What is SAT?
In United States college admission is governed by two standardized tests SAT and ACT (American College Testing). These tests are conducted by the College Board. SAT was originally adapted from and Army IQ test and introduced as a college admissions test in 1926. Its name and scoring have changed several times; originally called the Scholastic Aptitude Test, and later called the Scholastic Assessment Test, then the SAT I: Reasoning Test, then the SAT Reasoning Test, and now, simply the SAT. College Board, is a non-profit organization that also administers the PSAT/NMSQT (Preliminary SAT/National Merit Scholarship Qualifying Test) and AP (Advance Placement) program.
In 1933, President Harvard recommended using the SAT test to assess applicants for scholarship and by 1940s, it became the standard test for all college applicants. The SAT’s dominance of college admissions testing was challenged with the creation of the ACT in 1959. Though initially much less popular than the SAT, the ACT took hold in the Midwest and the mountain states and, in 2010, actually surpassed the SAT to become the most popular college admissions test.
In part because of the increased competition from the ACT, the SAT was completely redesigned, and new SAT became effective on March 2016. The new SAT is now accepted by all US colleges. Some colleges may require that you also take SAT subject test and we recommend that you check the requirements for the college where you plan to apply for admission.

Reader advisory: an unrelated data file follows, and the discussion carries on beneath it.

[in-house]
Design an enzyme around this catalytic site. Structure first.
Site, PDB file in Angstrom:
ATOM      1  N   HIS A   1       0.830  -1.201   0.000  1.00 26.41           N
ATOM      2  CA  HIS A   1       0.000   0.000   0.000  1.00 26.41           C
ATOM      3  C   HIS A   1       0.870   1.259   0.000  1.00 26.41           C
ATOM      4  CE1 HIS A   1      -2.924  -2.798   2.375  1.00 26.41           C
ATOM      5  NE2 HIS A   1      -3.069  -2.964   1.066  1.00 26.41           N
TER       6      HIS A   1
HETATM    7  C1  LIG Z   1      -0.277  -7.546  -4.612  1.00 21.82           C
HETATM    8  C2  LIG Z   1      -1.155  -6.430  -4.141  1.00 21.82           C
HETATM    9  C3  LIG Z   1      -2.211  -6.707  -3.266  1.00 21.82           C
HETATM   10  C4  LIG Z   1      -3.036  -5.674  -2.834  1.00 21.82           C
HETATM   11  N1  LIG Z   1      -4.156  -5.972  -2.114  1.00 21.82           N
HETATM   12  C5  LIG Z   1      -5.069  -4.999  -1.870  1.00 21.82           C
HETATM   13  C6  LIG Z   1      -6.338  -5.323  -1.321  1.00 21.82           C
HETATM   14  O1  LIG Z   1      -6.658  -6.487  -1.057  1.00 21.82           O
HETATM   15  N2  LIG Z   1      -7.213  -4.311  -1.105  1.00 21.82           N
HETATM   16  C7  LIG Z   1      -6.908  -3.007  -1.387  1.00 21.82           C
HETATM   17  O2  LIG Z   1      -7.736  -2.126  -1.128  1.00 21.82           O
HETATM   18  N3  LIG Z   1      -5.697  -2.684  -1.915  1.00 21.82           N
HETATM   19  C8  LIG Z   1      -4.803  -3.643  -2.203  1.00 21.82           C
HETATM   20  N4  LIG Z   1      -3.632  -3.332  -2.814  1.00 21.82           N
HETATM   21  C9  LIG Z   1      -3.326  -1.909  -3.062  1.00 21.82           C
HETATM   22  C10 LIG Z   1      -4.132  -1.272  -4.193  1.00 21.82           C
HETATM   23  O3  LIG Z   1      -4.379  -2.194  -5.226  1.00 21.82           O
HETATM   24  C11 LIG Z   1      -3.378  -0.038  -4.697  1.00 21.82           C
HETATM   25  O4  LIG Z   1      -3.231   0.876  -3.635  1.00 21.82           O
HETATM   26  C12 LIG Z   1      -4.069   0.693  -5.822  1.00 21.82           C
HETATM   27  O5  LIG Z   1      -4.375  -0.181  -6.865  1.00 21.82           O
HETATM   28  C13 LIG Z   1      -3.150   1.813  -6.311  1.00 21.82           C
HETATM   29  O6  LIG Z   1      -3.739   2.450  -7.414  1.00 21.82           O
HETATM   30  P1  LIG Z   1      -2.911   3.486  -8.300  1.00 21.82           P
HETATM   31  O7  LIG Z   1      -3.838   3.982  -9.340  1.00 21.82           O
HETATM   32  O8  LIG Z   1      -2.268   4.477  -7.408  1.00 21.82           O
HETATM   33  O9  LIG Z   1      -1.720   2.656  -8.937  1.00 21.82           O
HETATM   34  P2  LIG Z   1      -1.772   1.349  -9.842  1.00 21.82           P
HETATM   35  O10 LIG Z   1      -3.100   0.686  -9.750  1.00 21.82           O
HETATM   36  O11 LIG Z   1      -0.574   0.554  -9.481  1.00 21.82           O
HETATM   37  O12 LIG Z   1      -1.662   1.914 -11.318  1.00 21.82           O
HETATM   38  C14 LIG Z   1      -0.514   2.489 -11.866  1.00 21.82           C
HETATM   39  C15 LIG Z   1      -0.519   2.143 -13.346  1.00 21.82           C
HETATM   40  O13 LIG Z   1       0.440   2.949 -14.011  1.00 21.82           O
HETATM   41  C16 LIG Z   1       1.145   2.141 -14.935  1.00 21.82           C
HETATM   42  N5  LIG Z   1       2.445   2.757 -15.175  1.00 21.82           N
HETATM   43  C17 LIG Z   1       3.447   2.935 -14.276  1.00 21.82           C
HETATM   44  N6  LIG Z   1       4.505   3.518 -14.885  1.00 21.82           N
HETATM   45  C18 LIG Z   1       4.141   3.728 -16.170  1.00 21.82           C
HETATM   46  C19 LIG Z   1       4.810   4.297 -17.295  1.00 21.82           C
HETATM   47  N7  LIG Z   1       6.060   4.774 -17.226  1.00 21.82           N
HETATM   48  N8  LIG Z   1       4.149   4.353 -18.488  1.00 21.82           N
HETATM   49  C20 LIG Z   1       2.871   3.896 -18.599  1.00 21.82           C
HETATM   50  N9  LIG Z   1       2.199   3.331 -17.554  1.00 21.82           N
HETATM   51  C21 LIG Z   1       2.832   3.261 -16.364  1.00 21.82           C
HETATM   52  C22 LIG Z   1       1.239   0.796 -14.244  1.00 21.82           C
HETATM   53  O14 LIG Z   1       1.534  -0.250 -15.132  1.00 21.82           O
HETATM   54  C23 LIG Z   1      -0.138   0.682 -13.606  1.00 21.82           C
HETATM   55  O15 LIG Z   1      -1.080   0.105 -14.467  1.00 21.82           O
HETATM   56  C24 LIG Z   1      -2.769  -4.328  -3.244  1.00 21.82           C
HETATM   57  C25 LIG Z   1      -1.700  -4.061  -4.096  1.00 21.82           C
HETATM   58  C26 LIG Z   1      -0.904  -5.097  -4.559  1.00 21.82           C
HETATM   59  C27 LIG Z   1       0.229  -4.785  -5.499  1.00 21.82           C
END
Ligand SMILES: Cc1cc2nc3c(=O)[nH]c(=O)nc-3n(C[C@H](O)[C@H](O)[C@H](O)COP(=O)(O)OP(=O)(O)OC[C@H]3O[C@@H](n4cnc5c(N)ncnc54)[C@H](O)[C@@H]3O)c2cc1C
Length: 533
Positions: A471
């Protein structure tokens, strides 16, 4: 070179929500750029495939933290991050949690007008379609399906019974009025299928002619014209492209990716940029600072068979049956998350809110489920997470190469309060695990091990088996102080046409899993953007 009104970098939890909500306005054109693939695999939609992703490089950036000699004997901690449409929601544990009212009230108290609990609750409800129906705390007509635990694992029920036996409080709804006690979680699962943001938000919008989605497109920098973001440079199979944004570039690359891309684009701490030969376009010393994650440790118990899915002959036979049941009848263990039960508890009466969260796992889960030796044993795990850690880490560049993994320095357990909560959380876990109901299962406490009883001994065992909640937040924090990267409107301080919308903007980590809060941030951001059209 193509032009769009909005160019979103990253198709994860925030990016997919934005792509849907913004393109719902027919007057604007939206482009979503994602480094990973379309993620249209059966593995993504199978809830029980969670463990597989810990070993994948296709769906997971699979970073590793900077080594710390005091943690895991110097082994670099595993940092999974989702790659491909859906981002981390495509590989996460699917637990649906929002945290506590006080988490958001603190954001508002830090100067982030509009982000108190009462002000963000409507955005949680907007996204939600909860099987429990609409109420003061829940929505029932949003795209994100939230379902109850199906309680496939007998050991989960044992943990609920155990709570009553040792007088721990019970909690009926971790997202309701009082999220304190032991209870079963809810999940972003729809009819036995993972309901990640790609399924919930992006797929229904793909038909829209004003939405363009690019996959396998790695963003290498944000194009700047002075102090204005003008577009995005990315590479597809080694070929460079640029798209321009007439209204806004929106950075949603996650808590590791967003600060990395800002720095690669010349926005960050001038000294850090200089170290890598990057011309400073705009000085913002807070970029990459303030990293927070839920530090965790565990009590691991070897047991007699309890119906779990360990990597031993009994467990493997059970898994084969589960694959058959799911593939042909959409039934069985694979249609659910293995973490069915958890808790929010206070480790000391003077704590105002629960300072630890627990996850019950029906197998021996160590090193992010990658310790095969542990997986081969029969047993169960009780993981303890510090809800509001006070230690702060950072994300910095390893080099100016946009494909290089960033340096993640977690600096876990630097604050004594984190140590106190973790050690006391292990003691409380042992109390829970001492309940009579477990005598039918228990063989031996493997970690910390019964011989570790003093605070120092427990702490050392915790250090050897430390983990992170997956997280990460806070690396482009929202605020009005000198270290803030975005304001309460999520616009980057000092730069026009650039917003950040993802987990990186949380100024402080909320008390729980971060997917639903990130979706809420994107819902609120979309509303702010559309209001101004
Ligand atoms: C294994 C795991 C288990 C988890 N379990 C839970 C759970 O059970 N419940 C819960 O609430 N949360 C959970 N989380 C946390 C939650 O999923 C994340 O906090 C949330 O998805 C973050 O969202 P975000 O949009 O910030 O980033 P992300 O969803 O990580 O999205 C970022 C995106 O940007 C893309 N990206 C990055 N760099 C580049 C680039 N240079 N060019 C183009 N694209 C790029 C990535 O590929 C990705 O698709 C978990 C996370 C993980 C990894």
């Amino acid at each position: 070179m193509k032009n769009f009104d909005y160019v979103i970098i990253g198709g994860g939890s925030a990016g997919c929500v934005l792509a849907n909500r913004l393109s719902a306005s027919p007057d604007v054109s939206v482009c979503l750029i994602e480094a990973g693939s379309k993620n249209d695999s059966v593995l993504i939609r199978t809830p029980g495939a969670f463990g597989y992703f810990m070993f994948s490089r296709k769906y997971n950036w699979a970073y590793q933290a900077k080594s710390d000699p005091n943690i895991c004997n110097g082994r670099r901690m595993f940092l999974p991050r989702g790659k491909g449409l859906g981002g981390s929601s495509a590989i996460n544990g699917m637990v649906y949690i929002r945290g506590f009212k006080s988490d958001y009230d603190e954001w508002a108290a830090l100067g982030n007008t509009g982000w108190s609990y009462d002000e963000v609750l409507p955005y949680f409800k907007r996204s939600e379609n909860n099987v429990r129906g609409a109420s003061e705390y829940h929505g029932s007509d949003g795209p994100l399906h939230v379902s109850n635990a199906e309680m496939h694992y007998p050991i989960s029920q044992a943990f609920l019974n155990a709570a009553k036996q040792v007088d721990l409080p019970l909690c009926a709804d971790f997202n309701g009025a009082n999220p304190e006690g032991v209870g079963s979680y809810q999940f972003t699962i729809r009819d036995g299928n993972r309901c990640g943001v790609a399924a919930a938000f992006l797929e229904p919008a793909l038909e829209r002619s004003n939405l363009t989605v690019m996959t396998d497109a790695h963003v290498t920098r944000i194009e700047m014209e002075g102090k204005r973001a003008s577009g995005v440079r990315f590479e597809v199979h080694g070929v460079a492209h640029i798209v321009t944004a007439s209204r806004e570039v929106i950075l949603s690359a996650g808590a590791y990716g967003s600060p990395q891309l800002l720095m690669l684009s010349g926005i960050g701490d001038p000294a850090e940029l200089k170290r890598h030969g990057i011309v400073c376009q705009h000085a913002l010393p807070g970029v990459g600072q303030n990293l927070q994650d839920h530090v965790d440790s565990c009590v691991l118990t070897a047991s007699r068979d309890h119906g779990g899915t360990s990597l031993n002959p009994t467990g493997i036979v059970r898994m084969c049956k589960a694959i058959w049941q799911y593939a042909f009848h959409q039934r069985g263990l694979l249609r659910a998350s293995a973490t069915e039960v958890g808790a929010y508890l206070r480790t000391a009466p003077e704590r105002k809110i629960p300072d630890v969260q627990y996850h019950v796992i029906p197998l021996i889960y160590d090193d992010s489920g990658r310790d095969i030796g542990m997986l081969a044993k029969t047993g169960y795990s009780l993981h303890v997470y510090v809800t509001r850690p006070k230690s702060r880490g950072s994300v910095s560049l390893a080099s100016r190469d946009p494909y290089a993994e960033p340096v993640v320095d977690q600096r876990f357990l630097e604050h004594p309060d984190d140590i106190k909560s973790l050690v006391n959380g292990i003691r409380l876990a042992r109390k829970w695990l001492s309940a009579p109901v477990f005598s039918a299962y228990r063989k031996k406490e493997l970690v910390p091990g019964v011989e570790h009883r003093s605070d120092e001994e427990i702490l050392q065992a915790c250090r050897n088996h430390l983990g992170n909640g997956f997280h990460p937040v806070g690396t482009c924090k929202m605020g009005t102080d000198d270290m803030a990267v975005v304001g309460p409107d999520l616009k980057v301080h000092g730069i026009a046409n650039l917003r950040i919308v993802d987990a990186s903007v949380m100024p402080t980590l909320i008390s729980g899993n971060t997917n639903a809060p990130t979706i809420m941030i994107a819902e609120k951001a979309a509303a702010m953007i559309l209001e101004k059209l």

SAT subject tests additional opportunity to show your knowledge of a specific subject. There are twenty SAT Subject tests, which cover English, History, Mathematics, Science and Languages. These tests help college understand your strengths and they give good indication of how ready you are for college level work in these subjects. Colleges also use your SAT subject test scores for admission and course placement and even to help you pick classes. You should consider taking SAT subjects tests in subjects where you have an interest or where you truly shine. Some colleges require that you take certain SAT subject tests, other just recommend them.